A survey suggests around 2% of office hours are wasted due to the temperature alone, potentially costing the UK economy more than £13bn annually*.
The survey also shows the extent of the divide between men and women when it comes to comfort with the office temperature (see Infographic attached).
One Poll surveyed 2,000 people on behalf of heating and ventilation specialists Andrews-Sykes, in a bid to discover how much the temperature affected workplace efficiency and output. It was found that less than a quarter of office workers find the temperature in their office comfortable, with more than a third suggesting they take at least 10 minutes out of work each day due to temperature alone.
· Only 24% agreed that their office was an ideal temperature for working throughout the year.
· Women wasted an average of 33% more time (around 9 minutes, compared to 6.5) than men trying to acclimatise themselves to inadequate office conditions.
· 70% of women have needed to bring in additional clothing to the office to keep warm, and 50% resorted to excessive cups of tea, while fewer men; 44% and 28% respectively, needed a jumper or a hot drink.
· Surprisingly, nearly 10% of women have resorted to bringing in a hot water bottle to work!
The ramifications of this are larger than may be expected: 29% of people surveyed estimate they spend between 10 and 30 minutes each workday not working due to an uncomfortable office temperature. A surprising 6% believe they spend more than half an hour each day not working well for this reason.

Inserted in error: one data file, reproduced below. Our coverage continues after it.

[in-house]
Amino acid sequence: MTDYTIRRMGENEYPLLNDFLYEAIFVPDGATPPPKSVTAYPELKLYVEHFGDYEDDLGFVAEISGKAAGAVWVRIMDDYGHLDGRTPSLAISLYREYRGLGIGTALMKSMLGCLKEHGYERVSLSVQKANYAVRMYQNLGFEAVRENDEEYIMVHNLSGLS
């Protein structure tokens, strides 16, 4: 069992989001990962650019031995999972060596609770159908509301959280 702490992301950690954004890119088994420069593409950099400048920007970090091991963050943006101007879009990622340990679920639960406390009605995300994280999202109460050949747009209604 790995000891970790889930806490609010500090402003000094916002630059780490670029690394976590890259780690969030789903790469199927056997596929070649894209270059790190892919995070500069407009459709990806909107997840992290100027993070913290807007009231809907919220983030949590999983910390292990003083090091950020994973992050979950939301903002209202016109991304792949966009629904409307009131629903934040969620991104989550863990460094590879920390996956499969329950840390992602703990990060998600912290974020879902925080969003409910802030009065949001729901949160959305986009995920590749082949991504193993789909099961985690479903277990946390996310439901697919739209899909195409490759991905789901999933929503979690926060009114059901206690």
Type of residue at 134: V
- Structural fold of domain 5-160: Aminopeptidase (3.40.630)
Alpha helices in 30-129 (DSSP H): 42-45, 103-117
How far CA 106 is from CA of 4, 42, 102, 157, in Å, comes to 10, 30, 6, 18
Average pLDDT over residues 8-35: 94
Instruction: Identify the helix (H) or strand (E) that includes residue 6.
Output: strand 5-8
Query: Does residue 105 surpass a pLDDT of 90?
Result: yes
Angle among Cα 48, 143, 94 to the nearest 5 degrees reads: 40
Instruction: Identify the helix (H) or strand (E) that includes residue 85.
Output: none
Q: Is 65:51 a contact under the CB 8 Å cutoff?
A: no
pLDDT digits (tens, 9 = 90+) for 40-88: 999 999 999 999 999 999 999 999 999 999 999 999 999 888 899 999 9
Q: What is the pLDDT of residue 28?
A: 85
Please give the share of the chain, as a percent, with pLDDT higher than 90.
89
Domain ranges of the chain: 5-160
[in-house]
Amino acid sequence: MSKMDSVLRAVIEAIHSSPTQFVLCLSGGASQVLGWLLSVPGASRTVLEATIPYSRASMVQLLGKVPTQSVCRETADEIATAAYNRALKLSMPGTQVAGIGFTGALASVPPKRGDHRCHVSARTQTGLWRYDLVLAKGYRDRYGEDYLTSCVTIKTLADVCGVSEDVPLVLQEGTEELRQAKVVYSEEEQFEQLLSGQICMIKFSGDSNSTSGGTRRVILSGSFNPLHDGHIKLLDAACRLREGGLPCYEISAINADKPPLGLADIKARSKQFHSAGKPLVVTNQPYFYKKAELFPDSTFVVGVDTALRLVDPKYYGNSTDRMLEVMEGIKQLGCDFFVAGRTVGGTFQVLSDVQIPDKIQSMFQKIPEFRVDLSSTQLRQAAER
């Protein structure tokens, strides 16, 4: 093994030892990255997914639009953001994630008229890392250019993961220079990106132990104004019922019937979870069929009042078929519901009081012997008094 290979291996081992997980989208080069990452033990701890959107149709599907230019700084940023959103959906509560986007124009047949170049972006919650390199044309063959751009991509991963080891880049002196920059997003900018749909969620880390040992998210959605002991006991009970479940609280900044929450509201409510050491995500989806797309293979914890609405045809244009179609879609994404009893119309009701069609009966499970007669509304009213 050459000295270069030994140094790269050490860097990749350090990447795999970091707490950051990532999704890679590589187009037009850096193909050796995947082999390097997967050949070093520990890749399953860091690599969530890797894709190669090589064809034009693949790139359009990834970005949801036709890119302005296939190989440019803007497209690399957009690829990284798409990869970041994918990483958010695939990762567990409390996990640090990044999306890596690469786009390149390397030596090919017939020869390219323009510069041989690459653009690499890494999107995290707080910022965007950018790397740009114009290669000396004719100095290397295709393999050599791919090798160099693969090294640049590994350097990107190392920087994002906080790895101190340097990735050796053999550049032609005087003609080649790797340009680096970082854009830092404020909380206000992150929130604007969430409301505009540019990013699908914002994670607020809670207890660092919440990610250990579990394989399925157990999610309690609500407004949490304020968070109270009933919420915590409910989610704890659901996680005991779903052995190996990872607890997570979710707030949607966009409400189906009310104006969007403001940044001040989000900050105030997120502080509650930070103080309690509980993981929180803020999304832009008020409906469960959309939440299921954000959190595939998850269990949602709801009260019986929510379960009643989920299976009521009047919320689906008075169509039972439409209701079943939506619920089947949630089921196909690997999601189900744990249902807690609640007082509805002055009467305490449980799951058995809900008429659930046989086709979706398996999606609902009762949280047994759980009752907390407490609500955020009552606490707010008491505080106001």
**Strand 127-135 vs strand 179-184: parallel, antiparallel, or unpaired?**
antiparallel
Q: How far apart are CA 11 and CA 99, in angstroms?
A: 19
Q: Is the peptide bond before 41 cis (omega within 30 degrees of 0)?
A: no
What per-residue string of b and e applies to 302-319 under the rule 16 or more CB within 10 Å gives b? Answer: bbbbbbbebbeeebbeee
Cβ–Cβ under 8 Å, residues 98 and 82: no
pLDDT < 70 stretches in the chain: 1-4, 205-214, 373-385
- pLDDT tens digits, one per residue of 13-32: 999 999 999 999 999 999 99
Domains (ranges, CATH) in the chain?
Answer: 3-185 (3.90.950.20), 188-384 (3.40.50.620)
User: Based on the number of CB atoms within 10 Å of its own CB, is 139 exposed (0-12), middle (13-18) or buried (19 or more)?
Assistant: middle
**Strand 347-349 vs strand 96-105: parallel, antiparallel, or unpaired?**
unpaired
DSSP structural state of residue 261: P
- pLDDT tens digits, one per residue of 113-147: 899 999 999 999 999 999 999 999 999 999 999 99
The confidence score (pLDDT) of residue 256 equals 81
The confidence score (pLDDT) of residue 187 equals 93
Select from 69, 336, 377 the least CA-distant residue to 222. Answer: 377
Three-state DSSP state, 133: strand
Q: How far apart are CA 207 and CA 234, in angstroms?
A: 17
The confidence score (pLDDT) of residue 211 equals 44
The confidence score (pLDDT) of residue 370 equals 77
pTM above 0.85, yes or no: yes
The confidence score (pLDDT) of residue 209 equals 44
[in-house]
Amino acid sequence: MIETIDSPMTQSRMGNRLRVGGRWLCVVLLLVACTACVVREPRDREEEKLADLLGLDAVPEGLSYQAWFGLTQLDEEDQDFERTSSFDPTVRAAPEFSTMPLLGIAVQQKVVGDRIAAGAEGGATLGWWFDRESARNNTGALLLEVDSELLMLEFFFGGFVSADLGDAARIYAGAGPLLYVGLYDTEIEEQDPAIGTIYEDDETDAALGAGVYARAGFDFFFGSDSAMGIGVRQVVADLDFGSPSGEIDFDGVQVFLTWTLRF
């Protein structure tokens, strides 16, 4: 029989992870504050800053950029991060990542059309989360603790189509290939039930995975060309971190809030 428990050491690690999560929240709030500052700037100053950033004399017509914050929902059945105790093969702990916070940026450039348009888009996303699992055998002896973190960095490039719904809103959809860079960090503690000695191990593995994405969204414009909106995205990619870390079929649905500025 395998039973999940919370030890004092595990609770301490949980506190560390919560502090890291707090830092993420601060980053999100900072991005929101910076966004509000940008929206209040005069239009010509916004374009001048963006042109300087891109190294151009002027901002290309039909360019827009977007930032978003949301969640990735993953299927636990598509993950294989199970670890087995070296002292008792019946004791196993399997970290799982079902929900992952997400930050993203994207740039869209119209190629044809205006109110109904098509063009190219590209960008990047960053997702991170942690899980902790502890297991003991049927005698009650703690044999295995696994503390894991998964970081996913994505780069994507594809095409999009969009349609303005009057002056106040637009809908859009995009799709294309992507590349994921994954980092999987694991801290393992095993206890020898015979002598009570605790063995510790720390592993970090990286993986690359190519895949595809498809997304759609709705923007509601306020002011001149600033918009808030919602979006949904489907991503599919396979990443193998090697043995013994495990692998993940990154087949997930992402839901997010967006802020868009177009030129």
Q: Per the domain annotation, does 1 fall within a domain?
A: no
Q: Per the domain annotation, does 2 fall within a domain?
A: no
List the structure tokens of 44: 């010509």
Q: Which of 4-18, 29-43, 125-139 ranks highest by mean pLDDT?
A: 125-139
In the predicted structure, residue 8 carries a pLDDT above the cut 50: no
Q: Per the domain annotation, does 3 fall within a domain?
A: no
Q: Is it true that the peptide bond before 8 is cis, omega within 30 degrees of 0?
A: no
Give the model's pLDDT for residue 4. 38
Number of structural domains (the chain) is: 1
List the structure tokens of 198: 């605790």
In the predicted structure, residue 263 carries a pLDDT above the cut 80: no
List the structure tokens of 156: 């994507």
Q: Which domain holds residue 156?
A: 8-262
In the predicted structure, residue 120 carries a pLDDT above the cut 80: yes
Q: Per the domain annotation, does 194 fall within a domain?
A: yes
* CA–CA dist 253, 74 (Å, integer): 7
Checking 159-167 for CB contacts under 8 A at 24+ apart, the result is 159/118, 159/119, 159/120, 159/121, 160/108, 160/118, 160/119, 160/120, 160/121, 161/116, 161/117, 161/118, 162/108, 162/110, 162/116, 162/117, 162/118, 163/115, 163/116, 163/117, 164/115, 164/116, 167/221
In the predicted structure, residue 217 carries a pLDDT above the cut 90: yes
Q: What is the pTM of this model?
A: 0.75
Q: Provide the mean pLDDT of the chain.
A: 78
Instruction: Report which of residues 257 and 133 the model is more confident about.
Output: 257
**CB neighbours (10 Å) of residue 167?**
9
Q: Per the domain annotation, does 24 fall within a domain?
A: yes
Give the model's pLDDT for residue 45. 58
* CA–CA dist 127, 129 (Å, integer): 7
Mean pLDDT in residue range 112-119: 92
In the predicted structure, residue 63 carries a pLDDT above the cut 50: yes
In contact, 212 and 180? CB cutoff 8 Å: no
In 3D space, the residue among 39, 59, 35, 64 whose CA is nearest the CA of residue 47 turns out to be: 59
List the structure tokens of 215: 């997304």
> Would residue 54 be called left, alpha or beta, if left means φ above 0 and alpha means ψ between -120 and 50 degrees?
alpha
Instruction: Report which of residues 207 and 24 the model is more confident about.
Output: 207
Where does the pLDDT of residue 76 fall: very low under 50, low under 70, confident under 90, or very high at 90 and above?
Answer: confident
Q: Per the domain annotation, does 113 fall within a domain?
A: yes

This means that an office of 100 people will have at least 8 hours wasted each day, due to the temperature alone. The full figure could be more like 18 hours – the equivalent of more than 2% of staff members never turning up to work.
Helen Pedder, head of HR for ClearSky HR, said: “Whether temperatures soar or plummet, unbearable office conditions can have a serious impact on employee health and well-being. Unfortunately the law is left open to misinterpretation by simply stating that employers must provide a ‘reasonable’ workplace temperature.
“Until health and safety guidance provides clear and coherent requirements, there are various steps that an employer can take to prevent a dip in productivity and performance.
Relaxing dress code requirements where appropriate and providing heating and/or cooling devices are effective methods that help to regulate thermal comfort.”
Some further stats we found:
· 27% of women have complained to management about the temperature, compared with 17% of men
· 48% of women have complained to a colleague about the temperature, compared with 31% of men
· 27% of men think the summer temperature in their office is ideal, compared to only 21% of women
· 31% of men think the winter temperature in their office is ideal, compared to only 19% of women